4 Jul, 13 | by BMJ
Some minds improve by travel, wrote the nineteenth century poet and humorist, Thomas Hood: others, rather, resemble copper wire, or brass, which get the narrower by going farther. And so it was with the spirit of keen metallurgical inquiry that I stress tested this theorem on a recent ten day visiting professorship with the Australian and New Zealand Geriatric Medicine Society.
Wonderfully hosted by my colleagues, my first visit to the Antipodes involved three cities—Melbourne, Adelaide, and Brisbane—each with a very distinct character, although sharing the bonus of almost free bike hire (akin to the “Boris bikes” in London) in each.
The stand-out aesthetic experience in each city was the indigenous art, vibrant and rich, uniting a sense of the very new and the very ancient, with its modern iterations expressing a host of multi-layered messages. As late-life creativity was the focus of some of the lectures I was due to give, I was delighted to discover, and include, the work of artists Sally Gabori and Emily Kame Kngwarreye, both active into their ninth decade.
While I noted subtle differences between the practice of geriatric medicine in each state, the striking impression of the discipline in Australia and New Zealand was of vibrancy, energy, and confidence, coloured by the sense of humour and drollery universal to geriatricians in conclave.
The ANZSGM annual conference was hosted in Adelaide by the South Australian geriatricians, ably fronted by Robert Prowse and Peter Bastian. As well as a wide range of presentations of substantial depth and innovation, there were interesting keynotes whose themes included ageing and migration (23% of Australians, or their parents, are born outside of Australia), palliative care, and health economics.
A panel discussion on management of behavioural disturbance in dementia and the role of neuroleptics was particularly lively, with probably the most interactive audience participation I have ever experienced, aided by a helpful grounding of the debate by a number of GPs working in nursing homes. Add in real-time electronic voting using smart phones, and the panel members—a geriatrician-pharmacologist, a dementia nurse specialist, a palliative care physician and yours truly—were kept on their toes in discussing what is a subtle and challenging aspect of care no matter where one travels.
As I visited a number of very impressive clinical facilities, it became clear that a signal achievement of Australian geriatric medicine has been to persuade the federal government to adequately fund geriatric medicine in private services reimbursed by Medicare.
In most countries in the developed world operative procedures which may take a matter of a few minutes are reimbursed at an astronomically higher level than the hour of sophisticated clinical work that a comprehensive geriatric assessment often requires. The result is that geriatric medicine, an intervention of high efficacy, is virtually non-existent in private medicine in much of the world. That Australia has reversed this trend is truly the sign of a sophisticated society.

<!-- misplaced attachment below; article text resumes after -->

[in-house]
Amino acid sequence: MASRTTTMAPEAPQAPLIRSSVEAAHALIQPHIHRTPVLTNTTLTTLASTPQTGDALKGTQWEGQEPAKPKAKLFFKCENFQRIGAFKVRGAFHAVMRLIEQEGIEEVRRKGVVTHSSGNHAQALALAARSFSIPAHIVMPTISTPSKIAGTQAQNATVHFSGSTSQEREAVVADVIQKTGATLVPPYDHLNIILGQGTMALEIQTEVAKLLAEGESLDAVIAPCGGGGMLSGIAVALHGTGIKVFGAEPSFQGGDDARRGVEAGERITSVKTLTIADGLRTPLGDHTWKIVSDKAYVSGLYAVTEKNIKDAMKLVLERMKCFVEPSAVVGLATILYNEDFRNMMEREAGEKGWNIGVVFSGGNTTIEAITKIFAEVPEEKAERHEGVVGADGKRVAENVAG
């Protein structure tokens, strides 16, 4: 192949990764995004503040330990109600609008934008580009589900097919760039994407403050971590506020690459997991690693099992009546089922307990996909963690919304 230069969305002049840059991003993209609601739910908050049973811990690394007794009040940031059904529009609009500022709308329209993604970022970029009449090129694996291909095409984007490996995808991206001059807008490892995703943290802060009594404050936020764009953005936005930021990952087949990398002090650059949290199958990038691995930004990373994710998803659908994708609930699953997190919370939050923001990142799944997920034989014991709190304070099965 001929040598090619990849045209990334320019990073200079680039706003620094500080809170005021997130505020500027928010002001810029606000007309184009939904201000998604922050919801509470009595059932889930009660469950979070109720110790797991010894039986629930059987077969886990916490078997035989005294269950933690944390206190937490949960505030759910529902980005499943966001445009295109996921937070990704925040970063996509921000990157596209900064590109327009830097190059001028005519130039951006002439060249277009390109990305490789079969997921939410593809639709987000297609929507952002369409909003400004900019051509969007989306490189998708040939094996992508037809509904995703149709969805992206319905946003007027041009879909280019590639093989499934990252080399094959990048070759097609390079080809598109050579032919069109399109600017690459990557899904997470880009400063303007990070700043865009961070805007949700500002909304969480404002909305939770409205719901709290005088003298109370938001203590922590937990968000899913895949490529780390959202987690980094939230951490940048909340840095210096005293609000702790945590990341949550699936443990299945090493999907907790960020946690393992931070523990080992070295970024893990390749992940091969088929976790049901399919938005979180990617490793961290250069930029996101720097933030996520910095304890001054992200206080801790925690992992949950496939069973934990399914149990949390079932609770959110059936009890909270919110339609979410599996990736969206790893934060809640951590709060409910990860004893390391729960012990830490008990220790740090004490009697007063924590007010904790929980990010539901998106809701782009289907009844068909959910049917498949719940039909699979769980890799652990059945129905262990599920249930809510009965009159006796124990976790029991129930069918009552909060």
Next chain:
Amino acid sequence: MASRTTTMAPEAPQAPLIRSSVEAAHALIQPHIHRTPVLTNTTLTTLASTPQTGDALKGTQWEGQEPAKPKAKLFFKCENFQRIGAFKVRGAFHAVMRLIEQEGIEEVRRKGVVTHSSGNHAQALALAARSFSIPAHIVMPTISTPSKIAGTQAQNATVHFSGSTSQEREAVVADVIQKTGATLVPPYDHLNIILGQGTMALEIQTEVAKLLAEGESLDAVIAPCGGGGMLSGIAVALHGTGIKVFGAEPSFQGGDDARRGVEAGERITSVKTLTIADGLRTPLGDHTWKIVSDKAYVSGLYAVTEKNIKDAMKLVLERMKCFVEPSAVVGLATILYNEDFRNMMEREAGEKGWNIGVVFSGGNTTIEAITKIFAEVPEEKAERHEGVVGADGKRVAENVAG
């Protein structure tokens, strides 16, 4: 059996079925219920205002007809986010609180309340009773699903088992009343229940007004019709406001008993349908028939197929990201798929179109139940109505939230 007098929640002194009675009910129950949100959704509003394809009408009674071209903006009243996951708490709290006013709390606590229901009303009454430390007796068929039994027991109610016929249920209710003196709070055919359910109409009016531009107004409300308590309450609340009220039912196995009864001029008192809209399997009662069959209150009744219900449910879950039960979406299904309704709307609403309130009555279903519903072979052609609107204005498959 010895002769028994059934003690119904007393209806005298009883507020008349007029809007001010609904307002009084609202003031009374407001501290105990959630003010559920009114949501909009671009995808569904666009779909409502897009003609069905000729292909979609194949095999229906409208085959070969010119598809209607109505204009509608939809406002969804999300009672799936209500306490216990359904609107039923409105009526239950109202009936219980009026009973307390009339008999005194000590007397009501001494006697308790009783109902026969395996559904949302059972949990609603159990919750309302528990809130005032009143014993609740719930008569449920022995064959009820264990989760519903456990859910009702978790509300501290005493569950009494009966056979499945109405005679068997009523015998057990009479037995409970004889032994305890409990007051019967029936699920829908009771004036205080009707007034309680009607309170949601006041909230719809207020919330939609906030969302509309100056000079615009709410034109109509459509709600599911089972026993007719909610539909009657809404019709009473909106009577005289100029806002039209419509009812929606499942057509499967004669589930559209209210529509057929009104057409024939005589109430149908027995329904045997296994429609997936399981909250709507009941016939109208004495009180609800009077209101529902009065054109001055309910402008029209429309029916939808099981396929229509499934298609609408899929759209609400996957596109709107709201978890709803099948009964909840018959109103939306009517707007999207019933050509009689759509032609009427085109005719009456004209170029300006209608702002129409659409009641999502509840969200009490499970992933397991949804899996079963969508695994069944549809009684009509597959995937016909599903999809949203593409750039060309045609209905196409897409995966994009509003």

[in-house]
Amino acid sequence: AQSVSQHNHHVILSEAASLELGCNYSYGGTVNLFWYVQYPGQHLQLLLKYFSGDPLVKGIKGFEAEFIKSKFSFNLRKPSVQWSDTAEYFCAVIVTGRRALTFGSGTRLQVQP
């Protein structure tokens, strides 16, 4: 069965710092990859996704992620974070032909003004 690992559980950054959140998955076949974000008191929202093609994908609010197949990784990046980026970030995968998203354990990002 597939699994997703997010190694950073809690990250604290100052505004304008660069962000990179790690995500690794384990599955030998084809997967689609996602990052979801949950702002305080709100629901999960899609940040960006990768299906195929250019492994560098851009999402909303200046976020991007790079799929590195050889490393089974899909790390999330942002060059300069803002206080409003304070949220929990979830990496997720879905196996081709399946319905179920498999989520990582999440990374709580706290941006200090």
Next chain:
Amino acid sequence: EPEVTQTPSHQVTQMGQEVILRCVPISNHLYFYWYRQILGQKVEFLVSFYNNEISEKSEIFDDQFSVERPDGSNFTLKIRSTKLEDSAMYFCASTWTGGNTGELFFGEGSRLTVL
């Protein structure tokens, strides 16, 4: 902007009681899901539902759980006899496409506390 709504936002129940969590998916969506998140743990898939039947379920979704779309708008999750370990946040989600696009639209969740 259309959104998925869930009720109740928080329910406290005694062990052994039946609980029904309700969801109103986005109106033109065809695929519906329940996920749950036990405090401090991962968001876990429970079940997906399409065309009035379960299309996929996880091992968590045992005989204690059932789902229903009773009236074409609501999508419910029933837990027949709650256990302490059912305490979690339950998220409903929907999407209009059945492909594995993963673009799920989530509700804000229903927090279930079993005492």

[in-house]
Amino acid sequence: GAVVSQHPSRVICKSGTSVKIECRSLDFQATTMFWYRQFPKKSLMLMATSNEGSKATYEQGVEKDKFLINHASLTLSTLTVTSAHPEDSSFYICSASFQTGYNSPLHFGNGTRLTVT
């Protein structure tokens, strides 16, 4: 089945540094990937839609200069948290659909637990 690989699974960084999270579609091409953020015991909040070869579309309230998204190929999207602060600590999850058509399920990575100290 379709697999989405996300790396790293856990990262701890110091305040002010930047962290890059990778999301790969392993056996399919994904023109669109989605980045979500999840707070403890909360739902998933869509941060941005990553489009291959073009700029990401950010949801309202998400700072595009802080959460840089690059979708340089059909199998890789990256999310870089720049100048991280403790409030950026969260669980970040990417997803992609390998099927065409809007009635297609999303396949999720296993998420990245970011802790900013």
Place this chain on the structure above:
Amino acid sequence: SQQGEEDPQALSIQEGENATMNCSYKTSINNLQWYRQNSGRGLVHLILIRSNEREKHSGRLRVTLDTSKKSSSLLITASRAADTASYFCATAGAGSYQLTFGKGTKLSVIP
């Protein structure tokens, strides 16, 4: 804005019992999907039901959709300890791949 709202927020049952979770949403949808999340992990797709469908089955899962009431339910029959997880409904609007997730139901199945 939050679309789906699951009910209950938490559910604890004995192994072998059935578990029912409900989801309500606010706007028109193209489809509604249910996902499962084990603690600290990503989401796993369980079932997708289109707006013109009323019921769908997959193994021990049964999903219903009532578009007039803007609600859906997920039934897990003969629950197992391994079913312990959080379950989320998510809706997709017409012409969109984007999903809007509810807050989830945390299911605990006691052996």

But where my horizons were narrowed—in the sense of sharpening my focus on what really matters—was my encounter with the winning combination of smart gerontological thinking and new technologies.
In the Prince Charles Hospital in Brisbane, the acute medical service is run largely by geriatricians. The highly capable lead clinician, Liz Whiting, and her team has developed an enormously impressive “journey board,” which embodies diagnosis, functional status and the workings and actions of the multi-disciplinary team on an electronic whiteboard which is intuitive, goal-oriented, and effective. I definitely want one for Christmas!
Over at the Centre for Online Health of the University of Queensland, I was then hugely impressed by how Len Gray has combined the iterations of cutting-edge gerontological practice inherent in the interRAI (the gold standard for assessing needs in older people, which although now adopted by over 30 countries—including most recently Ireland—was not adopted as a national Single Assessment Process instrument by the UK) with telehealth.
While sitting in on a tele-consult in a nursing home 210 kilometres away in Dalby (the nearest I got to the outback) I was struck by how use of the interRAI tool by the nurse in the home provided her with much of the information and some of the solutions needed in this case: it also clearly empowered her and facilitated the consultation. The technology, while of the highest quality with the robot quite acceptable to the patient, was the servant rather than the master of the process: the experience has urged me to rethink how we undertake telemedicine in our own service for stroke thrombolysis.
As I return to Ireland energized, I am deeply grateful not only to my Australasian hosts, but also to my loyal colleagues in my unit in Tallaght Hospital in Dublin, and in particular to my long-suffering wife and family, for the support they gave me for such a lengthy absence.
Those of us pursuing academic aspects of medicine do not often enough express our recognition and gratitude for the extent to which this enterprise relies hugely on the kindness, tolerance and support of others. It is a far, far greater thing that they do.
Desmond O’Neill is a consultant physician in geriatric and stroke medicine and immediate past president of the European Union Geriatric Medicine Society.